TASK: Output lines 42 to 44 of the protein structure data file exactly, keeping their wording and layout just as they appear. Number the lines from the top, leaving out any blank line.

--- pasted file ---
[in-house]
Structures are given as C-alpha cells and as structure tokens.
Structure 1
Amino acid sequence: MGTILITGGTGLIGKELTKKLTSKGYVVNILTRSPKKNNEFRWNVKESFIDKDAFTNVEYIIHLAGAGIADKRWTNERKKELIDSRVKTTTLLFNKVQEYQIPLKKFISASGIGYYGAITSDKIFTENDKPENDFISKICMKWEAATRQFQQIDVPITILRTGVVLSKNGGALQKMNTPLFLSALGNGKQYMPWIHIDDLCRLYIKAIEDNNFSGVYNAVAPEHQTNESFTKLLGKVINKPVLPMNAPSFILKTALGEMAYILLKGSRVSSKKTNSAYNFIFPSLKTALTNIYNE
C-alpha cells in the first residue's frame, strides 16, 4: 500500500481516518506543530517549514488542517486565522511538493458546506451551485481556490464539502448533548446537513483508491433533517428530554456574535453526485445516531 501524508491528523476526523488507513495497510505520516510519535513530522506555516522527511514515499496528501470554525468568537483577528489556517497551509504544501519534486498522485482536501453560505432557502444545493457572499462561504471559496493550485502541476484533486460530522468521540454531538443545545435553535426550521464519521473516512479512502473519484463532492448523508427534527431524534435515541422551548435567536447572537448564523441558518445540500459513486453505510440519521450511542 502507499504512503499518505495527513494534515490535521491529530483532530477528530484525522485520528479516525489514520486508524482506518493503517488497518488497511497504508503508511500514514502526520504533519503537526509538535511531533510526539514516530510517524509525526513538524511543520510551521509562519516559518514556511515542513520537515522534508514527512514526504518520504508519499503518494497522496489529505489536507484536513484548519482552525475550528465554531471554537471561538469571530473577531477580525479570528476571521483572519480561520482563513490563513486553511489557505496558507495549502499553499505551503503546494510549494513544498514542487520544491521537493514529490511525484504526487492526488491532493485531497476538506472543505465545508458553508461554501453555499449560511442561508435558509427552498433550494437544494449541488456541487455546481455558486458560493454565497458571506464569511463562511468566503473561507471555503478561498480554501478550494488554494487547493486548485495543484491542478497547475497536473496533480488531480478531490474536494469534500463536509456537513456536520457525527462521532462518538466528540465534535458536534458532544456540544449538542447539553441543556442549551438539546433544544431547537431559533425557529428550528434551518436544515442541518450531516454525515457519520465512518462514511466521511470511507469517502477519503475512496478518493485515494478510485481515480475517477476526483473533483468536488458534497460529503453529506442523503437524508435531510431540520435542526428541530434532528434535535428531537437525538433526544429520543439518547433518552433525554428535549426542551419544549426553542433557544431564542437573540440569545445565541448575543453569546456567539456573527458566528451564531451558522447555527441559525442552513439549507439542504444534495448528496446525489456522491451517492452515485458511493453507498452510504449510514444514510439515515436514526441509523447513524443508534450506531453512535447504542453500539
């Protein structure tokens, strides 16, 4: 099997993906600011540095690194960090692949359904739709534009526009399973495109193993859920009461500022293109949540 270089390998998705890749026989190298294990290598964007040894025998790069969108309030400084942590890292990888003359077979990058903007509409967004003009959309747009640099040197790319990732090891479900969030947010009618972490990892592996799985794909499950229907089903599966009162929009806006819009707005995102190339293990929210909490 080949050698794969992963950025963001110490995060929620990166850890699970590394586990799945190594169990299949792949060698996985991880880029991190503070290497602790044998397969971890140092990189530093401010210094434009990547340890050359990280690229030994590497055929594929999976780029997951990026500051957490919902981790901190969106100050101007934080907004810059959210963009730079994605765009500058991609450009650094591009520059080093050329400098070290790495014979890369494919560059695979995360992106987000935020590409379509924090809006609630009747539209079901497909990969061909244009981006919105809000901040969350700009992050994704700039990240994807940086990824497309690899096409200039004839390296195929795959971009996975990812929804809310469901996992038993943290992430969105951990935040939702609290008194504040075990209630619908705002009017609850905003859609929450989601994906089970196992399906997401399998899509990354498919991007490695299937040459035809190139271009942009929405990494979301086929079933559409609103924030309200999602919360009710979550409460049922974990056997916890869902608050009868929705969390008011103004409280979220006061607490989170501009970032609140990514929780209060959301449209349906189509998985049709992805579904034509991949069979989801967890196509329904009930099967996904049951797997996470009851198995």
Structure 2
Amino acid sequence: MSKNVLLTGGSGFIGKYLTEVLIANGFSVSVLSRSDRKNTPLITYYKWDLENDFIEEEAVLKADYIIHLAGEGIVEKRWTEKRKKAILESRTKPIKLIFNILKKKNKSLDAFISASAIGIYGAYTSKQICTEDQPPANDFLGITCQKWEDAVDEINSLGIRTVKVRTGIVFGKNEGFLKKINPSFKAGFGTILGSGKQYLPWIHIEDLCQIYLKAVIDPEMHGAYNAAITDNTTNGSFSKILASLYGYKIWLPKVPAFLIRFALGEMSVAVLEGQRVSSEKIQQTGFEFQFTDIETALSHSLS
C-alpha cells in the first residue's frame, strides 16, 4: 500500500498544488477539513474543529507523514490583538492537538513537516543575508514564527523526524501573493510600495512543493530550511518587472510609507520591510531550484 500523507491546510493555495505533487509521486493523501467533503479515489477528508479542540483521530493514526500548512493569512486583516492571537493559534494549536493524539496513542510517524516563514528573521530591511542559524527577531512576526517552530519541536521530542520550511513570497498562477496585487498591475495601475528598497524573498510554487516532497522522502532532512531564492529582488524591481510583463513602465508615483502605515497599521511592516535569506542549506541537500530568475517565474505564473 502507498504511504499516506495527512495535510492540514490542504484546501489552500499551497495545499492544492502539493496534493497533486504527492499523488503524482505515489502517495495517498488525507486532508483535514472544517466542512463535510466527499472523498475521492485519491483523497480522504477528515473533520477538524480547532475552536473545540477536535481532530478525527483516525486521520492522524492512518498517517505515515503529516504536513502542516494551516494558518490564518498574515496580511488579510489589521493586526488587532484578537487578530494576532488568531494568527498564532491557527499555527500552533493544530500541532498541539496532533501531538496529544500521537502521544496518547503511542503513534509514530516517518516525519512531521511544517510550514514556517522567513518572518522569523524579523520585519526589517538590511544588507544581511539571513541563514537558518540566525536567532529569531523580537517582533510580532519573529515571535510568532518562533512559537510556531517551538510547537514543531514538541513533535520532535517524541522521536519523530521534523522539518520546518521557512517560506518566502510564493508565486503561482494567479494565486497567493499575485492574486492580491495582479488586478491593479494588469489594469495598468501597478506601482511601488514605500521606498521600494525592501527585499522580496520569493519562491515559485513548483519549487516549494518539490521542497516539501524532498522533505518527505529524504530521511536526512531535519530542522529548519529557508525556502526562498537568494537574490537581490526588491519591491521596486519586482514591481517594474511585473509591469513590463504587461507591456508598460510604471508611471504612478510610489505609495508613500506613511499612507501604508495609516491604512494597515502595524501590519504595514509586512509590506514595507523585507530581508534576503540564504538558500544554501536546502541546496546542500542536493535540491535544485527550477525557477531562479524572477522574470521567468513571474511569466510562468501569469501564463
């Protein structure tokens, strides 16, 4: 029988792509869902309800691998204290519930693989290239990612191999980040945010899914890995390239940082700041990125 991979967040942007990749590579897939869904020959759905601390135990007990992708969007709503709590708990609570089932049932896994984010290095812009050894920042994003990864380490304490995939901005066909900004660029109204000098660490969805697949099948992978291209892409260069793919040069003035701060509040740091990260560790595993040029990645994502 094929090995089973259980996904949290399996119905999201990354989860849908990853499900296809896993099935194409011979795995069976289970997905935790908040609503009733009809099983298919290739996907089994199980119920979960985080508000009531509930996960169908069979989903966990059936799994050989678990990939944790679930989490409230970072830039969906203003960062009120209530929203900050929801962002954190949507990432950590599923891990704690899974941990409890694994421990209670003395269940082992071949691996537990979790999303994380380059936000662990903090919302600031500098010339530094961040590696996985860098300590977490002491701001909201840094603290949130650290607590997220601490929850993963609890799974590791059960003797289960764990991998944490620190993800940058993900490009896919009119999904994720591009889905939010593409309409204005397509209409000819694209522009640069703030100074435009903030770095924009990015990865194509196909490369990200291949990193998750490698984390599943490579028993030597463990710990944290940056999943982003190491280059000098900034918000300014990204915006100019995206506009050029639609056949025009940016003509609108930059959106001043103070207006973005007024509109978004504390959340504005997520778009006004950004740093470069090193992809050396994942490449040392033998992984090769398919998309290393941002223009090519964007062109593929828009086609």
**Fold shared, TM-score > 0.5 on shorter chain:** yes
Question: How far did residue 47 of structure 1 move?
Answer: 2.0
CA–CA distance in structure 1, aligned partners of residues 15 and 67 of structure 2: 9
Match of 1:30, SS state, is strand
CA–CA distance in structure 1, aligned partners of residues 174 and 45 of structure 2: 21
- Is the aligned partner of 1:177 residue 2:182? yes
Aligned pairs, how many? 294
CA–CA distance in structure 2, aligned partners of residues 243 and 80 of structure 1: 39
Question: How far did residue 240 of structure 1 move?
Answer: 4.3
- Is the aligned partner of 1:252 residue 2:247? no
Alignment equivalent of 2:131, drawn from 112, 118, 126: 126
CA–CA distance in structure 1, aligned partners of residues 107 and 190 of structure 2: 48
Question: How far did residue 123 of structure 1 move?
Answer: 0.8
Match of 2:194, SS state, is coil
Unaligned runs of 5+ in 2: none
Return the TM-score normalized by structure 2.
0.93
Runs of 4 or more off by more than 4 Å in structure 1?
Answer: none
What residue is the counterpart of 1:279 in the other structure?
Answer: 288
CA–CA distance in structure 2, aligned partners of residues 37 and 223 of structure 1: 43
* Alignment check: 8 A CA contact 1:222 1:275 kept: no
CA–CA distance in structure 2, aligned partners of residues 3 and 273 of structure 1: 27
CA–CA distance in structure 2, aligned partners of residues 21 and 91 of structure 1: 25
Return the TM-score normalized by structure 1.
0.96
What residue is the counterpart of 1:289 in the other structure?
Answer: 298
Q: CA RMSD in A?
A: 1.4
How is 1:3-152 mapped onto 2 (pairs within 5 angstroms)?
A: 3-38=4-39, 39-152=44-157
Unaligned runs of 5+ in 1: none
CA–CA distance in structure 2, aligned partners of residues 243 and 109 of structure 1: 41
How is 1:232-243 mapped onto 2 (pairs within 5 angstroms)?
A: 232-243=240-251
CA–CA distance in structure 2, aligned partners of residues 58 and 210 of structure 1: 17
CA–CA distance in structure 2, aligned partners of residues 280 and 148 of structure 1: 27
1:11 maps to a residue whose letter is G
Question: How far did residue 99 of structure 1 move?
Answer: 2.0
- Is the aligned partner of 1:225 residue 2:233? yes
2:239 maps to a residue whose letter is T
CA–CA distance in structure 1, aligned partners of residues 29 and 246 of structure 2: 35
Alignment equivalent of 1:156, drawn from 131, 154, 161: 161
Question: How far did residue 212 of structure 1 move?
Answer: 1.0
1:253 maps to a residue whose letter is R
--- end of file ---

Answer: 298
Q: CA RMSD in A?
A: 1.4